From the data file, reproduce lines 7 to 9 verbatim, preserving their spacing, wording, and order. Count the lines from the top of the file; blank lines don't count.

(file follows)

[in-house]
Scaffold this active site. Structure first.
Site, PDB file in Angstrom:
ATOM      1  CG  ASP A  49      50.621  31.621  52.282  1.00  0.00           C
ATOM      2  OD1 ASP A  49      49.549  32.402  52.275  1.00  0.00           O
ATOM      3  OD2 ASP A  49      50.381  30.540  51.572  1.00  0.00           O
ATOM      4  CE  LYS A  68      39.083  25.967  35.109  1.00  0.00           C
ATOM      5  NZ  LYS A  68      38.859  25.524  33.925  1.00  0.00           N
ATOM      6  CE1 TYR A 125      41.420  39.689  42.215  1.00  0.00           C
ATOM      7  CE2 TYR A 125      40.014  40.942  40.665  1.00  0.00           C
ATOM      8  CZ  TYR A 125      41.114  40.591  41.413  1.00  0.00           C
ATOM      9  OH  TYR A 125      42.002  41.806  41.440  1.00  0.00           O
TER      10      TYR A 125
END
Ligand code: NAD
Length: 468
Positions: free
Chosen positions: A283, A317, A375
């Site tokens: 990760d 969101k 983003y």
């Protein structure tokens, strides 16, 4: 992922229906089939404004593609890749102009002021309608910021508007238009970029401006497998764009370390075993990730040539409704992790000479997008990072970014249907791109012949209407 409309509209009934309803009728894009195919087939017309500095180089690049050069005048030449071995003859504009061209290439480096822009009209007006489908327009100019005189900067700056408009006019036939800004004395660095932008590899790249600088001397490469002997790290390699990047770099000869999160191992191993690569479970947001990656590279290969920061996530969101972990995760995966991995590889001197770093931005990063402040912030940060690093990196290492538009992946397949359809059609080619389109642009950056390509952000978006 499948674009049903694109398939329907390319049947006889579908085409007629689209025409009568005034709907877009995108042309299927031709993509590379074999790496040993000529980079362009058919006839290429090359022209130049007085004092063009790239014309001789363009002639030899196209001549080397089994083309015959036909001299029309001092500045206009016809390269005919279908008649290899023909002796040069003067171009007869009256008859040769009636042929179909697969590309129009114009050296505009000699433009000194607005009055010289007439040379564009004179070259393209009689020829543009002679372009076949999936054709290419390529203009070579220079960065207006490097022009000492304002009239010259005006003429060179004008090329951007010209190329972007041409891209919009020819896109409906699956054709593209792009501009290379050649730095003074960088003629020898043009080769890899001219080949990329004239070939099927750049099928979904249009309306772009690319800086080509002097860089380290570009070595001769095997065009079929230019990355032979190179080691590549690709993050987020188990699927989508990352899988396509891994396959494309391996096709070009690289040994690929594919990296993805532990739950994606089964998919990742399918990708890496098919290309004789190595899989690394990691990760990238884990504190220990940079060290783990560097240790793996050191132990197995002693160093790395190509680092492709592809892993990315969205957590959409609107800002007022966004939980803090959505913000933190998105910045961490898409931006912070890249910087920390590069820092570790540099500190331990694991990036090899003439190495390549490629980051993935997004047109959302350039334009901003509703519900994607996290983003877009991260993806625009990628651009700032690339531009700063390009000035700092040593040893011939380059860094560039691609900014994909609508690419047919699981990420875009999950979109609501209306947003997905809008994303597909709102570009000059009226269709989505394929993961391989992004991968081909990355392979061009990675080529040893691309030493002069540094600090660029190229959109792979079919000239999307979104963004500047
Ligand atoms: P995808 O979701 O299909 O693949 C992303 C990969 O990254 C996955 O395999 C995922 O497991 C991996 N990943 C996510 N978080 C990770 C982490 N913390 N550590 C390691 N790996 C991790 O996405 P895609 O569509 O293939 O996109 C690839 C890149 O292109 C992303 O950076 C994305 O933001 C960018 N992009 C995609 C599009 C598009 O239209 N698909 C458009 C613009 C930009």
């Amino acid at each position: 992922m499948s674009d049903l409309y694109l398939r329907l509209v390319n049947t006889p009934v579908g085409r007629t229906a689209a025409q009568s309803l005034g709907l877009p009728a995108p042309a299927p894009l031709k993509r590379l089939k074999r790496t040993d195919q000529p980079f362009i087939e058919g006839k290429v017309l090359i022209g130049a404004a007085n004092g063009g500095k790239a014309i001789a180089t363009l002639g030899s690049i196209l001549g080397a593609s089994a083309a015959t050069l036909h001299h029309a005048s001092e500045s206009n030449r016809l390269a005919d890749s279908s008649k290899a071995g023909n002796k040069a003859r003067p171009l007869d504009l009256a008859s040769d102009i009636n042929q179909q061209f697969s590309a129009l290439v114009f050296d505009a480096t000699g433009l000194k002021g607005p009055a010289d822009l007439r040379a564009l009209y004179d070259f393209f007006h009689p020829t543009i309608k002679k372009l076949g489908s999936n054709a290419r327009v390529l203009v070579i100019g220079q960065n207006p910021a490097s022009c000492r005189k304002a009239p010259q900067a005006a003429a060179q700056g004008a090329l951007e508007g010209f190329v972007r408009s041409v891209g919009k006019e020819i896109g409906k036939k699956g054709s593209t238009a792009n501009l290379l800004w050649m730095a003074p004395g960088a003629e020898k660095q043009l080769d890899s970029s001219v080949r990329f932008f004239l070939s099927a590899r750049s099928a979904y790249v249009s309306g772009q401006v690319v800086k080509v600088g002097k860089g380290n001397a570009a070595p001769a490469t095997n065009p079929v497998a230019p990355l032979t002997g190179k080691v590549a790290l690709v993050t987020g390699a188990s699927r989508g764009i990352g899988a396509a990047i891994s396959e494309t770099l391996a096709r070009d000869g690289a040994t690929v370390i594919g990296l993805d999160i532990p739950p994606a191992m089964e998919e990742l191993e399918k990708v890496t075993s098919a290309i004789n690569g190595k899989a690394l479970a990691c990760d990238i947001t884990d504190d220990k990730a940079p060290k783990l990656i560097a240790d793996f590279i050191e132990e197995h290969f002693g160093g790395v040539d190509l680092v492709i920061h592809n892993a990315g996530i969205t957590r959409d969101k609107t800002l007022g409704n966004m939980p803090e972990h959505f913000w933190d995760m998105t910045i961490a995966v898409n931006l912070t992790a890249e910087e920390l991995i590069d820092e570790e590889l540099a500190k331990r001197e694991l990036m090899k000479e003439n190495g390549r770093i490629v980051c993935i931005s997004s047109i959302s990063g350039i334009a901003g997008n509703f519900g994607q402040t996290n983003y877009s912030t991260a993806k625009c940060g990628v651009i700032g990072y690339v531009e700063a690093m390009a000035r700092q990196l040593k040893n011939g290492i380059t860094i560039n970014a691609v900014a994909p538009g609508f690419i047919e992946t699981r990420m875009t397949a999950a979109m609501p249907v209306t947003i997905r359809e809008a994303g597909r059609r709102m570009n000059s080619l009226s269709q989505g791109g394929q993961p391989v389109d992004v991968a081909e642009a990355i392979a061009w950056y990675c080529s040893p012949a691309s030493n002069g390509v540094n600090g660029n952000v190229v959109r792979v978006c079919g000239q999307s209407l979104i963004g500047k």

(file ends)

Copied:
ATOM      4  CE  LYS A  68      39.083  25.967  35.109  1.00  0.00           C
ATOM      5  NZ  LYS A  68      38.859  25.524  33.925  1.00  0.00           N
ATOM      6  CE1 TYR A 125      41.420  39.689  42.215  1.00  0.00           C